Last December, Plan B, the emergency contraceptive or “morning after pill,” which prevents pregnancy when taken within 72 hours of unprotected intercourse, was approved for over-the-counter sale by the Federal Drug Administration’s (FDA) expert advisory panel. But the FDA, contrary to its usual practice, ruled against the panel’s decision and turned down Plan B for over-the-counter use. The reason given was that the drug’s effect on young teenage girls had not been established.
Carolyn Westhoff, a professor of obstetrics and gynecology and public health at the College of Physicians and Surgeons, Columbia University, believes the FDA’s action is the result of “a different political climate in Washington,” and is the first time in her memory that the federal agency has bowed to political pressures.
Westhoff spoke May 17 at Harvard Medical School, delivering the Lawrence Lader Lecture on Family Planning and Reproductive Rights. A leading researcher of the effectiveness and safety of new methods of contraception and medical abortion, Westhoff has served on numerous advisory committees for both governmental agencies and professional societies. In recent years, she has acted as an advocate for RU486 and for emergency oral contraceptives. Her talk, titled “RU486, Plan B, and the Pharmacological Revolution in Reproductive Rights,” was sponsored by the Division of Medical Ethics.
Westhoff explained the difference between RU486, a drug prescribed for medical (rather than surgical) abortion, and Plan B (levenorgestrel), which prevents, rather than terminates pregnancy. RU486, available in the United States under the domestic trade name Mifeprex, induces abortion hormonally if used in the first nine weeks of pregnancy.
Plan B, employing a much lower dose of hormones, interrupts the complex series of events that must take place if pregnancy is to result. Since the drug upsets this process before the blastula implants in the uterus, doctors do not consider the consequence of taking the drug to be abortion.
“The beginning of pregnancy consists of a number of steps,” Westhoff said. “Patients may think that once you have the egg and sperm in the same place, bang, you’re pregnant. But it’s not true. There are many places where a high dose of hormones can interfere with the process.”
RU486 was developed in the 1980s by the European pharmaceutical firm Rousell. It did not win approval by the FDA until 2000, largely because American companies were reluctant to market the controversial drug. Today it is available only through prescription and is subject to restrictions that apply only to the most dangerous drugs, such as Thalidomide and Accutane.
This extreme caution is misplaced, said Westhoff. There have been about 250,000 doses of RU486 prescribed in the United States since the drug was approved, and of that number, only two women have died.
“Any death is tragic, but one in one hundred thousand is about the same mortality rate as surgical abortion, and overall, any form of early abortion is substantially safer than carrying a pregnancy to term. As a society, we’ve become obsessed with the idea that contraception is dangerous when actually the opposite is true. Pregnancy is more dangerous by one or two orders of magnitude.”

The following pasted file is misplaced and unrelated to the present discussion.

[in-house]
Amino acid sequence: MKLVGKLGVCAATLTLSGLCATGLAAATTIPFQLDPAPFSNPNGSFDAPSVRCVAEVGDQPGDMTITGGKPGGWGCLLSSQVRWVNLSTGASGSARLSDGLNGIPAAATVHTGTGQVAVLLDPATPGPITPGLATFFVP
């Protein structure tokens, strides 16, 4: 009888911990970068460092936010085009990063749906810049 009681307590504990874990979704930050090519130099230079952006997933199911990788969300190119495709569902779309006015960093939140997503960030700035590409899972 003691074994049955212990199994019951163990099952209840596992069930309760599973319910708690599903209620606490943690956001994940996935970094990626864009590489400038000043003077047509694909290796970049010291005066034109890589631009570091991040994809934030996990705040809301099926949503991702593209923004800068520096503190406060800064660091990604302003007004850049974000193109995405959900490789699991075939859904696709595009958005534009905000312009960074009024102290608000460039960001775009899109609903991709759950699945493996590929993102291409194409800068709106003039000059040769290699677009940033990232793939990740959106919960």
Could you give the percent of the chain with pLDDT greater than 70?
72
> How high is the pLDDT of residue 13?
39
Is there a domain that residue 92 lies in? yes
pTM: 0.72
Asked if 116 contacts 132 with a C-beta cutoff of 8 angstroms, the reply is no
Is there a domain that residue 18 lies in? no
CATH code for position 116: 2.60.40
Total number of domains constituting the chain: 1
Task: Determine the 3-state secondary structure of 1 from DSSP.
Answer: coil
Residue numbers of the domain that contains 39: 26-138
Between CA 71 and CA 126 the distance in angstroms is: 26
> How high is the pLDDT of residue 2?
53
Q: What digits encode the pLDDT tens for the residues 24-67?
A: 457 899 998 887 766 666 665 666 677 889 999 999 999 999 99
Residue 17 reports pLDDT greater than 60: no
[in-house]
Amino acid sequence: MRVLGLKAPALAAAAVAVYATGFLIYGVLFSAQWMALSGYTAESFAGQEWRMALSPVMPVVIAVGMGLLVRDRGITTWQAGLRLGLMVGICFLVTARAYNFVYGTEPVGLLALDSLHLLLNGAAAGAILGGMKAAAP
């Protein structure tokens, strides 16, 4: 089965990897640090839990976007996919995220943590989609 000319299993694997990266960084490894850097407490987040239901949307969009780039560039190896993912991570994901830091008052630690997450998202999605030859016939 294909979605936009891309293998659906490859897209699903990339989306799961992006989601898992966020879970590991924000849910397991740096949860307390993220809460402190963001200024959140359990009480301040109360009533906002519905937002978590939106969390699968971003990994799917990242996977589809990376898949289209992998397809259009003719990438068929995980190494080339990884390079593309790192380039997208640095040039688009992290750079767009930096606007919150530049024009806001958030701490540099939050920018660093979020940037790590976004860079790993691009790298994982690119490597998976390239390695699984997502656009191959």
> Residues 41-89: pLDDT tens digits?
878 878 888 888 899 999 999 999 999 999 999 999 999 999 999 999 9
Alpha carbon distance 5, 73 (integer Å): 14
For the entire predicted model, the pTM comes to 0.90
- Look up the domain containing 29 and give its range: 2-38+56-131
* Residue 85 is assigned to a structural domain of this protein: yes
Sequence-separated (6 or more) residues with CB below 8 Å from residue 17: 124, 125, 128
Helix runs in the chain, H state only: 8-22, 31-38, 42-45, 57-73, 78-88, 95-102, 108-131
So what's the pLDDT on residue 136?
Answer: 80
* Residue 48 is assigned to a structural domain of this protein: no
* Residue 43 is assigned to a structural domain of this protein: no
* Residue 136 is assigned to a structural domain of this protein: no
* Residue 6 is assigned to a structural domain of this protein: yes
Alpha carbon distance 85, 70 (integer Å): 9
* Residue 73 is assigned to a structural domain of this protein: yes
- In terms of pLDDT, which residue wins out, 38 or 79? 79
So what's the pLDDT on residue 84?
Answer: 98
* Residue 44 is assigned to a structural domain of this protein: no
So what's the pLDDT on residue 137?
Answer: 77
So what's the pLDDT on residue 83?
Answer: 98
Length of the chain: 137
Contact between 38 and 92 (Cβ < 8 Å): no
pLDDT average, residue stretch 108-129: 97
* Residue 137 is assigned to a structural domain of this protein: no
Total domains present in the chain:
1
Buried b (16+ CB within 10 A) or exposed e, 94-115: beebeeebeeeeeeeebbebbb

According to Westhoff, preventing unintended pregnancies through the use of the morning after pill can help substantially to deal with a serious public health issue.
Of the six million pregnancies that occur each year in the United States, about half are unintended, and of these, about half end in abortion. Since unintended births have a higher morbidity and mortality rate, preventing these pregnancies would produce a healthier population. Making Plan B available as an over-the-counter drug could potentially reduce unintended pregnancies by 1.5 million and reduce abortions by 700,000, she claimed.
The evidence on which the FDA’s advisory panel based its recommendation for approving Plan B for over-the-counter sale, is quite clear, Westhoff said. The drug is chemically similar to birth control pills, and, like birth control pills, has shown no evidence of causing birth defects. The drug has been found to be safe for all women with possible side effects limited to such symptoms as nausea and headache.
“There are no absolute contraindications to the use of Plan B. It’s safe under all circumstances with no danger or overdose,” Westhoff asserted.
Studies have also shown that women who have access to the drug have no tendency to overuse it or to stop using other forms of birth control, suggesting that there would be no downside to making it available over the counter.
“Advance provision is a good thing,” she said.
According to Westhoff, making Plan B available over the counter would not only make good medical sense, but would also help to reach the objectives of the federal government’s initiative, “Healthy People 2010,” which calls for reductions in the number of unintended pregnancies and the number of pregnancies among adolescent girls.
“If we had emergency contraception available in every pharmacy, it would relieve individual problems, individual misery, reduce maternal mortality, and realize the goals in ‘Healthy People 2010,'” she said.